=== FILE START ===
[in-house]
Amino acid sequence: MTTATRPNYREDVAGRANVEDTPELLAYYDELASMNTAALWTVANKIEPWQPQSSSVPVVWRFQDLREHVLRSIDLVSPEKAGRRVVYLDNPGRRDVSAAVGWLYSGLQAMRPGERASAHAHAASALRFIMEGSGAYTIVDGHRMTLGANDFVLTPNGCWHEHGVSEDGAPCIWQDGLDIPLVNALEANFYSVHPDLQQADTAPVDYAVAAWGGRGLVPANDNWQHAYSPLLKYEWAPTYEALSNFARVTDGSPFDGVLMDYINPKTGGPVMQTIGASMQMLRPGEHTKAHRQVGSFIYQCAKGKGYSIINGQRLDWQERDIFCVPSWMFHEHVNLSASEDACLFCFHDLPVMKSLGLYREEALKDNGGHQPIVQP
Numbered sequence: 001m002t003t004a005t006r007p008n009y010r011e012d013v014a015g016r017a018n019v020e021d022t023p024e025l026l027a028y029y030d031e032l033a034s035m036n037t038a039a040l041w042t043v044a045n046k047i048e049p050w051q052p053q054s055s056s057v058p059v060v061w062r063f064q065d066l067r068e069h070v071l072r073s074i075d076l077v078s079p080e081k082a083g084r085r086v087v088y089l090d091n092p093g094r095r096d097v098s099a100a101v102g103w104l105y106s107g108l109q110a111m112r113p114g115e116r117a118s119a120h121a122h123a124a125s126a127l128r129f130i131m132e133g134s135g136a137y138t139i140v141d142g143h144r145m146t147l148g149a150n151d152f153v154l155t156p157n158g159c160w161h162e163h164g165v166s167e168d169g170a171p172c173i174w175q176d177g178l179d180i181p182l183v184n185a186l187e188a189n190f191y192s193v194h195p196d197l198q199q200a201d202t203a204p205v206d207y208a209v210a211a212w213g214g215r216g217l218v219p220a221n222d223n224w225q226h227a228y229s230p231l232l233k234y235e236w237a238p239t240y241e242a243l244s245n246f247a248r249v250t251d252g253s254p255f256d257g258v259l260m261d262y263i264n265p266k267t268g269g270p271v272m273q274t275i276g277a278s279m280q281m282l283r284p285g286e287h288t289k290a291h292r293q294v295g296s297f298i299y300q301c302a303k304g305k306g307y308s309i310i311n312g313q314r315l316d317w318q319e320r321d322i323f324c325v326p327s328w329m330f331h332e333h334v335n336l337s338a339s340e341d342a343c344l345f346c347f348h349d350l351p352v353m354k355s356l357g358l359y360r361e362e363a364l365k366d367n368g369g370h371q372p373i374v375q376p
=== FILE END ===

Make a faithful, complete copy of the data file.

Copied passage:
[in-house]
Amino acid sequence: MTTATRPNYREDVAGRANVEDTPELLAYYDELASMNTAALWTVANKIEPWQPQSSSVPVVWRFQDLREHVLRSIDLVSPEKAGRRVVYLDNPGRRDVSAAVGWLYSGLQAMRPGERASAHAHAASALRFIMEGSGAYTIVDGHRMTLGANDFVLTPNGCWHEHGVSEDGAPCIWQDGLDIPLVNALEANFYSVHPDLQQADTAPVDYAVAAWGGRGLVPANDNWQHAYSPLLKYEWAPTYEALSNFARVTDGSPFDGVLMDYINPKTGGPVMQTIGASMQMLRPGEHTKAHRQVGSFIYQCAKGKGYSIINGQRLDWQERDIFCVPSWMFHEHVNLSASEDACLFCFHDLPVMKSLGLYREEALKDNGGHQPIVQP
Numbered sequence: 001m002t003t004a005t006r007p008n009y010r011e012d013v014a015g016r017a018n019v020e021d022t023p024e025l026l027a028y029y030d031e032l033a034s035m036n037t038a039a040l041w042t043v044a045n046k047i048e049p050w051q052p053q054s055s056s057v058p059v060v061w062r063f064q065d066l067r068e069h070v071l072r073s074i075d076l077v078s079p080e081k082a083g084r085r086v087v088y089l090d091n092p093g094r095r096d097v098s099a100a101v102g103w104l105y106s107g108l109q110a111m112r113p114g115e116r117a118s119a120h121a122h123a124a125s126a127l128r129f130i131m132e133g134s135g136a137y138t139i140v141d142g143h144r145m146t147l148g149a150n151d152f153v154l155t156p157n158g159c160w161h162e163h164g165v166s167e168d169g170a171p172c173i174w175q176d177g178l179d180i181p182l183v184n185a186l187e188a189n190f191y192s193v194h195p196d197l198q199q200a201d202t203a204p205v206d207y208a209v210a211a212w213g214g215r216g217l218v219p220a221n222d223n224w225q226h227a228y229s230p231l232l233k234y235e236w237a238p239t240y241e242a243l244s245n246f247a248r249v250t251d252g253s254p255f256d257g258v259l260m261d262y263i264n265p266k267t268g269g270p271v272m273q274t275i276g277a278s279m280q281m282l283r284p285g286e287h288t289k290a291h292r293q294v295g296s297f298i299y300q301c302a303k304g305k306g307y308s309i310i311n312g313q314r315l316d317w318q319e320r321d322i323f324c325v326p327s328w329m330f331h332e333h334v335n336l337s338a339s340e341d342a343c344l345f346c347f348h349d350l351p352v353m354k355s356l357g358l359y360r361e362e363a364l365k366d367n368g369g370h371q372p373i374v375q376p